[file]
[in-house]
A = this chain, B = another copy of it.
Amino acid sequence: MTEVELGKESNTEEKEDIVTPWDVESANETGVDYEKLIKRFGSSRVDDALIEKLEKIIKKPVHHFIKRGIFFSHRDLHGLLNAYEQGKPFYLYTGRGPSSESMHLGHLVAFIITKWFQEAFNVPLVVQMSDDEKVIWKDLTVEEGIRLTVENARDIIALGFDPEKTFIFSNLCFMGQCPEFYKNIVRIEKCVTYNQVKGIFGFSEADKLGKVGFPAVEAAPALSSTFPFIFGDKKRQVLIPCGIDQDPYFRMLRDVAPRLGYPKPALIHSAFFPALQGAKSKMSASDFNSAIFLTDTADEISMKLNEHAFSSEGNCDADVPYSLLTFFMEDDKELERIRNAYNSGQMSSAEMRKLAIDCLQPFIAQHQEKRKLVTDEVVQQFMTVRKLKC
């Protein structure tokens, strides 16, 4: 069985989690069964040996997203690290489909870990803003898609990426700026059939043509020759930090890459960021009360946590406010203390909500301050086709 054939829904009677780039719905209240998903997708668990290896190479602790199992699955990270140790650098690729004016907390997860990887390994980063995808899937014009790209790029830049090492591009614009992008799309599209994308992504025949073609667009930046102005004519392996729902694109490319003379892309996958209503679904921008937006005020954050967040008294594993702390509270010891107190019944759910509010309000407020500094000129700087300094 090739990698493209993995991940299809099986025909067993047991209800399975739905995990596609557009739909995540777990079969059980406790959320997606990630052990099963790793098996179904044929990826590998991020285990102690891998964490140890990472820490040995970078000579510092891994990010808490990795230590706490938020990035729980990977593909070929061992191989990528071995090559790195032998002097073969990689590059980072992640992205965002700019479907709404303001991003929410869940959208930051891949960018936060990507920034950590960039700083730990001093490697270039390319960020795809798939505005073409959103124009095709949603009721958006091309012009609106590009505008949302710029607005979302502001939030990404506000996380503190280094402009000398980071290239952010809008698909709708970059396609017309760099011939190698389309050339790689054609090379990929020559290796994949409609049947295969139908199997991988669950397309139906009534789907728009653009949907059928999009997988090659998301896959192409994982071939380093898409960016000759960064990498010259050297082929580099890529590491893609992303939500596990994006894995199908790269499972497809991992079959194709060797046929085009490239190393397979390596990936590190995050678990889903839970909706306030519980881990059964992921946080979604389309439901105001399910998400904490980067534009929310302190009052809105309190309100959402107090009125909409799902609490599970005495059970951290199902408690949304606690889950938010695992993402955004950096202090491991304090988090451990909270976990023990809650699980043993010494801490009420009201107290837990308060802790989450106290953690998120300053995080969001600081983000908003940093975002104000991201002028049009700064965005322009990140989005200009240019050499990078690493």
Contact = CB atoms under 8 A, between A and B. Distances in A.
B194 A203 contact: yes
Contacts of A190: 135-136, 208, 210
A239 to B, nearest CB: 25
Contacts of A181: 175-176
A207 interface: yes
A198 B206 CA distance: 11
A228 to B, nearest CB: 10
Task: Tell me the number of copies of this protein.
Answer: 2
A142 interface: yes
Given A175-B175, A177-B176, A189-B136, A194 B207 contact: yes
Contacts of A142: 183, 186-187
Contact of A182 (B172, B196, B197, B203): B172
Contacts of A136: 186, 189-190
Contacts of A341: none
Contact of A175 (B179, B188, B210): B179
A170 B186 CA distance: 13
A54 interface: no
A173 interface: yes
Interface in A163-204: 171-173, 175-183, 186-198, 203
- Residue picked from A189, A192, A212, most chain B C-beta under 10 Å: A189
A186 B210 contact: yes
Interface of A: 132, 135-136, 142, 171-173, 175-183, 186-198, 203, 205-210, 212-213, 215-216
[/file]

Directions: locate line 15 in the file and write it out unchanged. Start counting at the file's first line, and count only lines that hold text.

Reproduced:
A142 interface: yes